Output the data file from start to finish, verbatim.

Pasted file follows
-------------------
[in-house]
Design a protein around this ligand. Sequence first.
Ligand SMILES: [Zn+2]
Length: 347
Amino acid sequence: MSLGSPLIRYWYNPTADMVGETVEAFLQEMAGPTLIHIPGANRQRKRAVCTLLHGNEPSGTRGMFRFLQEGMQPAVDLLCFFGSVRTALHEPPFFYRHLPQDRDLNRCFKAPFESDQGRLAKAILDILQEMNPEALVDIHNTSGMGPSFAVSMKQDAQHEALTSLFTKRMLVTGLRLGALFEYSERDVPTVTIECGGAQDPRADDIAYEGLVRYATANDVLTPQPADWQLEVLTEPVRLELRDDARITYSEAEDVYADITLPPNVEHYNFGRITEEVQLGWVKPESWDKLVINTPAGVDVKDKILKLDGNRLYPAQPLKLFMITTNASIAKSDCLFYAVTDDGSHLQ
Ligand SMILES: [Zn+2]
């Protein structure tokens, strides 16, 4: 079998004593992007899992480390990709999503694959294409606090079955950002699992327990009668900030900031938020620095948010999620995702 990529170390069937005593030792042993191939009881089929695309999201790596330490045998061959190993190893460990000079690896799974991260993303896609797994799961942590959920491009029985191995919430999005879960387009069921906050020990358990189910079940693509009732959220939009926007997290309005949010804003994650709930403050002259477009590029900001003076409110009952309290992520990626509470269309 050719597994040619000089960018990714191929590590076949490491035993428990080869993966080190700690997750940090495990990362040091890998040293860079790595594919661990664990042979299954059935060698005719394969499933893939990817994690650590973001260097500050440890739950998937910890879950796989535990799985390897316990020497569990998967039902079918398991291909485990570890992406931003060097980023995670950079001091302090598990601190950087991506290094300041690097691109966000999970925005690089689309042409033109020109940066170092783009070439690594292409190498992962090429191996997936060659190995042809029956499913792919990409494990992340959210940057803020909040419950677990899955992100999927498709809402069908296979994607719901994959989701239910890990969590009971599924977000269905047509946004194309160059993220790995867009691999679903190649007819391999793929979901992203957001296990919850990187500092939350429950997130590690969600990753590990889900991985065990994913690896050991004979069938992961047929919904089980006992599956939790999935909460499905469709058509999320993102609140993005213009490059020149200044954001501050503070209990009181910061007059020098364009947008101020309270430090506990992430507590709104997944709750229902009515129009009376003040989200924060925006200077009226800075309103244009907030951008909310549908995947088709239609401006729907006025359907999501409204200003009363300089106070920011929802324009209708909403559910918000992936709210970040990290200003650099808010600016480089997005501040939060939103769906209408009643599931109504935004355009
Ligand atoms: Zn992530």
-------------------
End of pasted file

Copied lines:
[in-house]
Design a protein around this ligand. Sequence first.
Ligand SMILES: [Zn+2]
Length: 347
Amino acid sequence: MSLGSPLIRYWYNPTADMVGETVEAFLQEMAGPTLIHIPGANRQRKRAVCTLLHGNEPSGTRGMFRFLQEGMQPAVDLLCFFGSVRTALHEPPFFYRHLPQDRDLNRCFKAPFESDQGRLAKAILDILQEMNPEALVDIHNTSGMGPSFAVSMKQDAQHEALTSLFTKRMLVTGLRLGALFEYSERDVPTVTIECGGAQDPRADDIAYEGLVRYATANDVLTPQPADWQLEVLTEPVRLELRDDARITYSEAEDVYADITLPPNVEHYNFGRITEEVQLGWVKPESWDKLVINTPAGVDVKDKILKLDGNRLYPAQPLKLFMITTNASIAKSDCLFYAVTDDGSHLQ
Ligand SMILES: [Zn+2]
């Protein structure tokens, strides 16, 4: 079998004593992007899992480390990709999503694959294409606090079955950002699992327990009668900030900031938020620095948010999620995702 990529170390069937005593030792042993191939009881089929695309999201790596330490045998061959190993190893460990000079690896799974991260993303896609797994799961942590959920491009029985191995919430999005879960387009069921906050020990358990189910079940693509009732959220939009926007997290309005949010804003994650709930403050002259477009590029900001003076409110009952309290992520990626509470269309 050719597994040619000089960018990714191929590590076949490491035993428990080869993966080190700690997750940090495990990362040091890998040293860079790595594919661990664990042979299954059935060698005719394969499933893939990817994690650590973001260097500050440890739950998937910890879950796989535990799985390897316990020497569990998967039902079918398991291909485990570890992406931003060097980023995670950079001091302090598990601190950087991506290094300041690097691109966000999970925005690089689309042409033109020109940066170092783009070439690594292409190498992962090429191996997936060659190995042809029956499913792919990409494990992340959210940057803020909040419950677990899955992100999927498709809402069908296979994607719901994959989701239910890990969590009971599924977000269905047509946004194309160059993220790995867009691999679903190649007819391999793929979901992203957001296990919850990187500092939350429950997130590690969600990753590990889900991985065990994913690896050991004979069938992961047929919904089980006992599956939790999935909460499905469709058509999320993102609140993005213009490059020149200044954001501050503070209990009181910061007059020098364009947008101020309270430090506990992430507590709104997944709750229902009515129009009376003040989200924060925006200077009226800075309103244009907030951008909310549908995947088709239609401006729907006025359907999501409204200003009363300089106070920011929802324009209708909403559910918000992936709210970040990290200003650099808010600016480089997005501040939060939103769906209408009643599931109504935004355009
Ligand atoms: Zn992530």